Viking Press

One of the truly astonishing accounts to emerge in Munster’s account concerns another US president, John F. Kennedy, whose press secretary, Pierre Salinger, forged a cable in Murdoch’s name to kill a Murdoch report of an off-the-record talk he had with the president. The cable, sent through State Department channels, was signed ‘Murdoch’.

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At its best, popular fiction is almost cinematic. As readers, we know what to expect but still gasp in awe as the rug is pulled from under us in pursuit of thrills, chills, and narrative twists. Honey Brown’s second novel, The Good Daughter, is a fine example of the modern ethos. It reads like a classic girl-gone-bad screenplay. Rebecca Toyer, from the wrong side of the tracks, meets Zach Kincaid, a rich boy with skeletons in his closet. They are drawn together, but family secrets threaten to drive them apart. When Zach’s mother goes missing, Rebecca is implicated in her disappearance. During the course of the narrative, she encounters drug dealers, crooked cops, and her fair share of sex, lies, and betrayal. Zach struggles to cope with his family legacy. From early on, he is the powder keg that threatens to ignite the book’s narrative.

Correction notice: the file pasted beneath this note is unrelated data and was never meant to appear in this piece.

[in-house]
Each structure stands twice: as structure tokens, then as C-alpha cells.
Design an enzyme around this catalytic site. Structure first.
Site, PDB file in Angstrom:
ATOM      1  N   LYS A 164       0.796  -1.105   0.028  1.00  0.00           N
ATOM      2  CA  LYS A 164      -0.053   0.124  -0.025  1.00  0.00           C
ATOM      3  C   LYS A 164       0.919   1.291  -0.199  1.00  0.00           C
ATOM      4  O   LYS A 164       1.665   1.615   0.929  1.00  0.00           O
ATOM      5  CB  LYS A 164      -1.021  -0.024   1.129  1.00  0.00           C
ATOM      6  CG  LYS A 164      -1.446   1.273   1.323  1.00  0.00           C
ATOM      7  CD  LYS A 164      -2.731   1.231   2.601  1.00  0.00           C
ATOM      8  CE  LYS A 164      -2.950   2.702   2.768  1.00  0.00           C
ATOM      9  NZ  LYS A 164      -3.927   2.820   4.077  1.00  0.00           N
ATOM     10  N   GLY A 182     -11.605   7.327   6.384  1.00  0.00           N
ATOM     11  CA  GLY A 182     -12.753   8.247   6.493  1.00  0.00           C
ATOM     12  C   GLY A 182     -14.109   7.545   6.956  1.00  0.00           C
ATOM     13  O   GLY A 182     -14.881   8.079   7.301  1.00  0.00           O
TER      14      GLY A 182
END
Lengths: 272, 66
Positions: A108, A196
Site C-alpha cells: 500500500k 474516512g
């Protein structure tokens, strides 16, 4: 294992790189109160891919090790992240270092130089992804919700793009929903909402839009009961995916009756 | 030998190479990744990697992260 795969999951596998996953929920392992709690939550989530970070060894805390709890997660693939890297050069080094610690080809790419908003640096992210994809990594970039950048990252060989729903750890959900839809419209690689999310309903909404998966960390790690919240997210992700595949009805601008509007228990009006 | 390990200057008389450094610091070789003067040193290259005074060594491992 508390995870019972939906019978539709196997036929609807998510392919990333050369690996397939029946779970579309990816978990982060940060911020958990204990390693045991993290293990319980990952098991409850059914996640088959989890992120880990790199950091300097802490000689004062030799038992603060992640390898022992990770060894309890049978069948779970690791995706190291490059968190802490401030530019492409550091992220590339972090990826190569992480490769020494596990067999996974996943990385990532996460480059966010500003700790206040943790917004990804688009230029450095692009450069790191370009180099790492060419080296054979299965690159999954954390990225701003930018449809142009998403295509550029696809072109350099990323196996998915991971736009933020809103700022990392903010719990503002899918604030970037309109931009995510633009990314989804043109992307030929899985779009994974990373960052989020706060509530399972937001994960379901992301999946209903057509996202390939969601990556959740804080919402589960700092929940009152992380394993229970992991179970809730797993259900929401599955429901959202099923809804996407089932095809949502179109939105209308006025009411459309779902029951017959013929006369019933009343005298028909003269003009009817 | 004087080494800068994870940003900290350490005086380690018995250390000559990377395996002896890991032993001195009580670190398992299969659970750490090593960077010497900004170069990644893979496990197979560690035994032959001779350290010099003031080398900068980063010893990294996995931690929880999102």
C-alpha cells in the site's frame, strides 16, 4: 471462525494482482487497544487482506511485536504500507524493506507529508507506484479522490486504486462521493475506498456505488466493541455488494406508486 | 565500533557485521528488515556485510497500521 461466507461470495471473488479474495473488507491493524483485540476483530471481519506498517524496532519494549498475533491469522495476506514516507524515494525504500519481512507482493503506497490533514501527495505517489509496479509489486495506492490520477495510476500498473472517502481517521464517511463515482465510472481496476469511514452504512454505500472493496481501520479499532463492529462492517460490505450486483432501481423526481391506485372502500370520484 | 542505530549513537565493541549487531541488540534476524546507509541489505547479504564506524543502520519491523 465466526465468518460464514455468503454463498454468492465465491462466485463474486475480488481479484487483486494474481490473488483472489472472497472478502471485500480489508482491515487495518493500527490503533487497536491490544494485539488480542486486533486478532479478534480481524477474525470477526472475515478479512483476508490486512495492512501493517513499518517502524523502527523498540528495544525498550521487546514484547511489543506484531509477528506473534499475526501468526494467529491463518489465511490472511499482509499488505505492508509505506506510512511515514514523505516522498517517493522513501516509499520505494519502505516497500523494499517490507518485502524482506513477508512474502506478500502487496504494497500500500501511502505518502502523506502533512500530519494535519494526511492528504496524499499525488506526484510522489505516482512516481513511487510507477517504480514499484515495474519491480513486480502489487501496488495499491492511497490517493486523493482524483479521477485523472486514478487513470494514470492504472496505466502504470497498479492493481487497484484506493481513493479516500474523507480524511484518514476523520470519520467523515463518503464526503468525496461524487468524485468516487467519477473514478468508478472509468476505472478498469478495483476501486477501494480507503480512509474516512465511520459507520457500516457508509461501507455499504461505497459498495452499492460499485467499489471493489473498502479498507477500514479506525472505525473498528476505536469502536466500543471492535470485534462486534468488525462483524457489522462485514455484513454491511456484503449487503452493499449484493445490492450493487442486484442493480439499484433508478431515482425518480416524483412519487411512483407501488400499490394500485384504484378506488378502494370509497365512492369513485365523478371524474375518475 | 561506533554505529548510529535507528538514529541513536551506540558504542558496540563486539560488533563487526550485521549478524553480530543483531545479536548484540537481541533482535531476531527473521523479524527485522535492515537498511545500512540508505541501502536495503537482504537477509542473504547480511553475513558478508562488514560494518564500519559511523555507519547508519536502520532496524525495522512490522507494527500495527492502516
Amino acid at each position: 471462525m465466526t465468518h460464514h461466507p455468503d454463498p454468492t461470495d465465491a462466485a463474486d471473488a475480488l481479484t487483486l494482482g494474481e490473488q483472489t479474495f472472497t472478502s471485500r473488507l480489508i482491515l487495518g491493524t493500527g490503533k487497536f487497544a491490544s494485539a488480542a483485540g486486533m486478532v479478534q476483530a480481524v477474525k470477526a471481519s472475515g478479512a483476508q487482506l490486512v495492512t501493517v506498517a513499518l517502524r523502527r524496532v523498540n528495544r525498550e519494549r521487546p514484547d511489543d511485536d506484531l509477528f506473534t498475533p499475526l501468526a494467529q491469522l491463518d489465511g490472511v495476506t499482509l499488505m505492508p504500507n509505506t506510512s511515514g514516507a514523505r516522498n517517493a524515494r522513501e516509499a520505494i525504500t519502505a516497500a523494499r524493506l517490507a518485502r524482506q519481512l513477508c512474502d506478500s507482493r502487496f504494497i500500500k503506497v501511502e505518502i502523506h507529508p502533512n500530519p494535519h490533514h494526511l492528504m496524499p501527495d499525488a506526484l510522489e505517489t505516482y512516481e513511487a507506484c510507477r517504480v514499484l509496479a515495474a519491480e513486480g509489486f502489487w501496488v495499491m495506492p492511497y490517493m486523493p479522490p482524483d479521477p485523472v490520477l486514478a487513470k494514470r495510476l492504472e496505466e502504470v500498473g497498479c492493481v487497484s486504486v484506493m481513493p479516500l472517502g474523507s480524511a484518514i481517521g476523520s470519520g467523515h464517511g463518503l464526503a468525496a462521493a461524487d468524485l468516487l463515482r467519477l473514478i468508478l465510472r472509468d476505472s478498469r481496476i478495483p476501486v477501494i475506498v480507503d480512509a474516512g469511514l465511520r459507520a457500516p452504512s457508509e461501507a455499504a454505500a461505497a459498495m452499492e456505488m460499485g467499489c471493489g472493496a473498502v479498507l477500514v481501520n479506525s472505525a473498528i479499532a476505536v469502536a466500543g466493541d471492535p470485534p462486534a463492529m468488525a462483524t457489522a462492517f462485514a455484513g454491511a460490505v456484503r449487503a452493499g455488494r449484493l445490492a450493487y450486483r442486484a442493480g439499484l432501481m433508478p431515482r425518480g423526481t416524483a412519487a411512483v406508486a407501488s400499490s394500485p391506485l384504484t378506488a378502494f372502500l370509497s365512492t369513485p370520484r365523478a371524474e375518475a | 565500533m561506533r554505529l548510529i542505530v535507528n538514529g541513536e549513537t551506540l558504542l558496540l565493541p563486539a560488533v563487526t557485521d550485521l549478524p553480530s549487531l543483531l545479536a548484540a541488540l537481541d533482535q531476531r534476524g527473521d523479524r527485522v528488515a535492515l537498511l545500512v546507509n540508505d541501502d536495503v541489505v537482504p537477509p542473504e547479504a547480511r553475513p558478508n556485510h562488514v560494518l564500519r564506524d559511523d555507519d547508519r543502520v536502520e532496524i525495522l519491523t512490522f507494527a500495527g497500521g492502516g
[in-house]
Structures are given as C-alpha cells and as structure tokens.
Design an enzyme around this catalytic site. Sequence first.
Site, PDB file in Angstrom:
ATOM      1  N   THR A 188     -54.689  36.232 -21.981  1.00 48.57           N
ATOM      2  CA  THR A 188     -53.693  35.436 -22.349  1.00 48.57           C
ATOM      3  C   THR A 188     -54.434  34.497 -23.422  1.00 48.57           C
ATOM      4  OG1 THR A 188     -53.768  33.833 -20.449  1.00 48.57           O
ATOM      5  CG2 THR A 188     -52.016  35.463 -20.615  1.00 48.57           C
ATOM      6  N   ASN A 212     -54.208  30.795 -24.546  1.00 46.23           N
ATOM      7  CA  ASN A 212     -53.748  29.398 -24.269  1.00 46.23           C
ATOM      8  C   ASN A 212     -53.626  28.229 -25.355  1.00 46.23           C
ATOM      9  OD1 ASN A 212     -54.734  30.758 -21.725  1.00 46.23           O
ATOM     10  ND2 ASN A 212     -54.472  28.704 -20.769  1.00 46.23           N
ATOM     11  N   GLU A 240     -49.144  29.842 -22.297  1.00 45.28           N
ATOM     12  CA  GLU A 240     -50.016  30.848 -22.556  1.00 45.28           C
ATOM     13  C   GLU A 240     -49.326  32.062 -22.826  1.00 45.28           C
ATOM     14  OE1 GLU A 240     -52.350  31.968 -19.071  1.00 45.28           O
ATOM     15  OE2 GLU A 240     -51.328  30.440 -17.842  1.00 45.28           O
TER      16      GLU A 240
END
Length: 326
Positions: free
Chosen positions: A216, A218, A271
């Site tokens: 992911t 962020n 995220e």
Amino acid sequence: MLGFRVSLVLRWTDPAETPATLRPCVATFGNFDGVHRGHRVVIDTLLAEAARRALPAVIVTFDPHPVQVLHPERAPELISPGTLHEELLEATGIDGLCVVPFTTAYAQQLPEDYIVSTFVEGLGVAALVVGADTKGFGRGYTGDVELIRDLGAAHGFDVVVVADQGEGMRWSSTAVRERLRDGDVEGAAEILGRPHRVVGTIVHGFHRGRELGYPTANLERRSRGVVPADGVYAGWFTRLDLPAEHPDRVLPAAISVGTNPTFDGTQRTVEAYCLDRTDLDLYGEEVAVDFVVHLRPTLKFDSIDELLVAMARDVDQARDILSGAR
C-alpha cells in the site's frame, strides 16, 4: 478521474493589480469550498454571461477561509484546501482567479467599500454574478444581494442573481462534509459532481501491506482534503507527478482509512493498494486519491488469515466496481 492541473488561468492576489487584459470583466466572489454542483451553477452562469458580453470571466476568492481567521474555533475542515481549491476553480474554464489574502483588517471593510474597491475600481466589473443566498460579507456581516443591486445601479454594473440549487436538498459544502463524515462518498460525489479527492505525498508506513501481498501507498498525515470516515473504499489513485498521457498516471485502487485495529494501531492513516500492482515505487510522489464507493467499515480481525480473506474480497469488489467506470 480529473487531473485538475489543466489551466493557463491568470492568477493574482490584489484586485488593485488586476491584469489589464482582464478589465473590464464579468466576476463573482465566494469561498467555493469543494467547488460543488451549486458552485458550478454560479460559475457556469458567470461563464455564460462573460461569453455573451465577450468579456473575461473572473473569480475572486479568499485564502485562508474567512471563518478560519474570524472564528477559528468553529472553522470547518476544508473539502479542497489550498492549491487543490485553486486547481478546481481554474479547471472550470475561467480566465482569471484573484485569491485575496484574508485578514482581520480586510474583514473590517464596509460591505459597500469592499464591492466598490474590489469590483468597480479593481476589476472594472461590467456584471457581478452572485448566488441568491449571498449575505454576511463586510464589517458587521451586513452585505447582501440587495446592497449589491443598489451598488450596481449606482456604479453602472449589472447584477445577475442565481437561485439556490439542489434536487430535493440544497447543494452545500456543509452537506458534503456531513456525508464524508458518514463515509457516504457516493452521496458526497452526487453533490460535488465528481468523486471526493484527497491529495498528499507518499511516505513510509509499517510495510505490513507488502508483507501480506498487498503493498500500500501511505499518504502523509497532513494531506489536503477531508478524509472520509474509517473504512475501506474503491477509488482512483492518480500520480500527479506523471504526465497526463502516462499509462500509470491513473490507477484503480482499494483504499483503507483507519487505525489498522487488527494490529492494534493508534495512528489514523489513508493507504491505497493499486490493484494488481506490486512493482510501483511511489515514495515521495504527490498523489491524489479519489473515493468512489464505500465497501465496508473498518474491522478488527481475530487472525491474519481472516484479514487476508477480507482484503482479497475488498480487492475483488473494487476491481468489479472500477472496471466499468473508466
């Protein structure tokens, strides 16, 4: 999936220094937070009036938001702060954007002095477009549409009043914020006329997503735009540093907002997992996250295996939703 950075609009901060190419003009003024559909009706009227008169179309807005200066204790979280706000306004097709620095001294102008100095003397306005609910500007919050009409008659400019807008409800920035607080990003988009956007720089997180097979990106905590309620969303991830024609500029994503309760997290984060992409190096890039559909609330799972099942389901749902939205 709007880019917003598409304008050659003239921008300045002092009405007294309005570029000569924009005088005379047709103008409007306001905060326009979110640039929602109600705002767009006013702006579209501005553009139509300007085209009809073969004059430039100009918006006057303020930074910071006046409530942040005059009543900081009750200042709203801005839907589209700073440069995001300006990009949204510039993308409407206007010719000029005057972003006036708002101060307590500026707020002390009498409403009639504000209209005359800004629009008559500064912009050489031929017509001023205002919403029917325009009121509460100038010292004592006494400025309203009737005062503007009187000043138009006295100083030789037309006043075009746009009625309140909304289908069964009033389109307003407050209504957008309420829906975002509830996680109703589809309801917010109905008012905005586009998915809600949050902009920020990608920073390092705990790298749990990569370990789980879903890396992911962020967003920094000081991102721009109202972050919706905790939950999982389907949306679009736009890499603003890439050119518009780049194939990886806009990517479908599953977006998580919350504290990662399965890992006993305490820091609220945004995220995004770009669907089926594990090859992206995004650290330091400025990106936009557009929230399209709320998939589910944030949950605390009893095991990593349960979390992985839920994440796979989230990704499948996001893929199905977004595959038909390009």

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‘I wrote this book to show what dogs can do’, writes Archimedes the red setter in the preface to his book, and what follows are the experiences, observations, and reflections of a dog both ordinary and extraordinary. Archimedes’ physical life is constrained by his ‘employment’ with the Guests, an average Sydney suburban family – father, mother, and three children. He is taken for walks – the dog laws make unaccompanied walks too dangerous, he leaves his ‘messages’ in appropriate places, he knows the electricity poles intimately, and the dogs in his territory, Lazy Bill, Princess, Old Sorrowful Eyes, and Victor the bulldog.

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